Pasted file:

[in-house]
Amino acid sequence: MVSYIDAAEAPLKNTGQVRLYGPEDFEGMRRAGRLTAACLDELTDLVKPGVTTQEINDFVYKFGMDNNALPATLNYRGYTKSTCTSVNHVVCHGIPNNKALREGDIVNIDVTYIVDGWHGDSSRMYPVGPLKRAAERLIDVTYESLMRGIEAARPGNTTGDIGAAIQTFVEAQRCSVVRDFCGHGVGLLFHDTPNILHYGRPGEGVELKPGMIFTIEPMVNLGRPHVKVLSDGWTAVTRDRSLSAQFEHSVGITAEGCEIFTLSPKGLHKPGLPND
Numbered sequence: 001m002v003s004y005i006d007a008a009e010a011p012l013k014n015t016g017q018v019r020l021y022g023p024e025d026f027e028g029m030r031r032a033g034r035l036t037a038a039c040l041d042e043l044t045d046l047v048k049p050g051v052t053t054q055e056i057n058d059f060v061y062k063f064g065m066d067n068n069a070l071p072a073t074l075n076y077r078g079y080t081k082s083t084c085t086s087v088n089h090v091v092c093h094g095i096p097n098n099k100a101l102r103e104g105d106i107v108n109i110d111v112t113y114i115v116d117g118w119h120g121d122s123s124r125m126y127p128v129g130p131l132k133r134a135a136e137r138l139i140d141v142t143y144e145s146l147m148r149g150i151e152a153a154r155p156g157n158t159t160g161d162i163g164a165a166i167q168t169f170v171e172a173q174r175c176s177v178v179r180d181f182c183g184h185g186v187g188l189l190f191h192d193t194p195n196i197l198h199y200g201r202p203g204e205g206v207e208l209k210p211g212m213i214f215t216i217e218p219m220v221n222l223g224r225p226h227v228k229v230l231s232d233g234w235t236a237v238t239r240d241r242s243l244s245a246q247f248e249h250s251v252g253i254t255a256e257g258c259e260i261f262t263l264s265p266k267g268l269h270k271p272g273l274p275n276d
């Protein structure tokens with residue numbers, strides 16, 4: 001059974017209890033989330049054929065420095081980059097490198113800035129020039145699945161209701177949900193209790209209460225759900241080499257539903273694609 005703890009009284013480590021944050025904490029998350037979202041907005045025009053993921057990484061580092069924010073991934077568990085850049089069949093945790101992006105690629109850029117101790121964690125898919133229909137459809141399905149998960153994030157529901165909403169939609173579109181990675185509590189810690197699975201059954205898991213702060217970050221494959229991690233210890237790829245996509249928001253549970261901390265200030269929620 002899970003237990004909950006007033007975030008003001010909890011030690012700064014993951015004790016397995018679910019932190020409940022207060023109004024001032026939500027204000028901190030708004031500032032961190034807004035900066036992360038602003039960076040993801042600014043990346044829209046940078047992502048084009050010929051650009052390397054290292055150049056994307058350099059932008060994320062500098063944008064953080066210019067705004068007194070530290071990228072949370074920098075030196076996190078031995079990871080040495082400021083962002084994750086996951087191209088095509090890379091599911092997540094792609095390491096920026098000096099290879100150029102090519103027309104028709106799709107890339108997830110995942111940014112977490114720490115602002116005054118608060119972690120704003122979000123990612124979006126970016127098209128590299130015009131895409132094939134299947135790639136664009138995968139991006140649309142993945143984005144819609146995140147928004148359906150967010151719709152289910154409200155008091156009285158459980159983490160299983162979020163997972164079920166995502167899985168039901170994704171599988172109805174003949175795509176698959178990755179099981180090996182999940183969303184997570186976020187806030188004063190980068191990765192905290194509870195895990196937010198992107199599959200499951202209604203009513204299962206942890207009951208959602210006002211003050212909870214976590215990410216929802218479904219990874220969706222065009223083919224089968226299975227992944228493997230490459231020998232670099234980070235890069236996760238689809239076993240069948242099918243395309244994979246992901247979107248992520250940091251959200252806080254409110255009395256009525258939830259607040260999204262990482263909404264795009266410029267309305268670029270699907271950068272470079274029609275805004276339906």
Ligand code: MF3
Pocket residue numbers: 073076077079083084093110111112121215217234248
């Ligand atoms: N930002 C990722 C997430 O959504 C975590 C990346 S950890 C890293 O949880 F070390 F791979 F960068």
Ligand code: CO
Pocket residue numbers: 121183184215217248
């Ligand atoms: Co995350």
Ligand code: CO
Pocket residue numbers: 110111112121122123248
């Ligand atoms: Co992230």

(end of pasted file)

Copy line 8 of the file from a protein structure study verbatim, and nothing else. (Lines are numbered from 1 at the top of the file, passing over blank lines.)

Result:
Ligand code: CO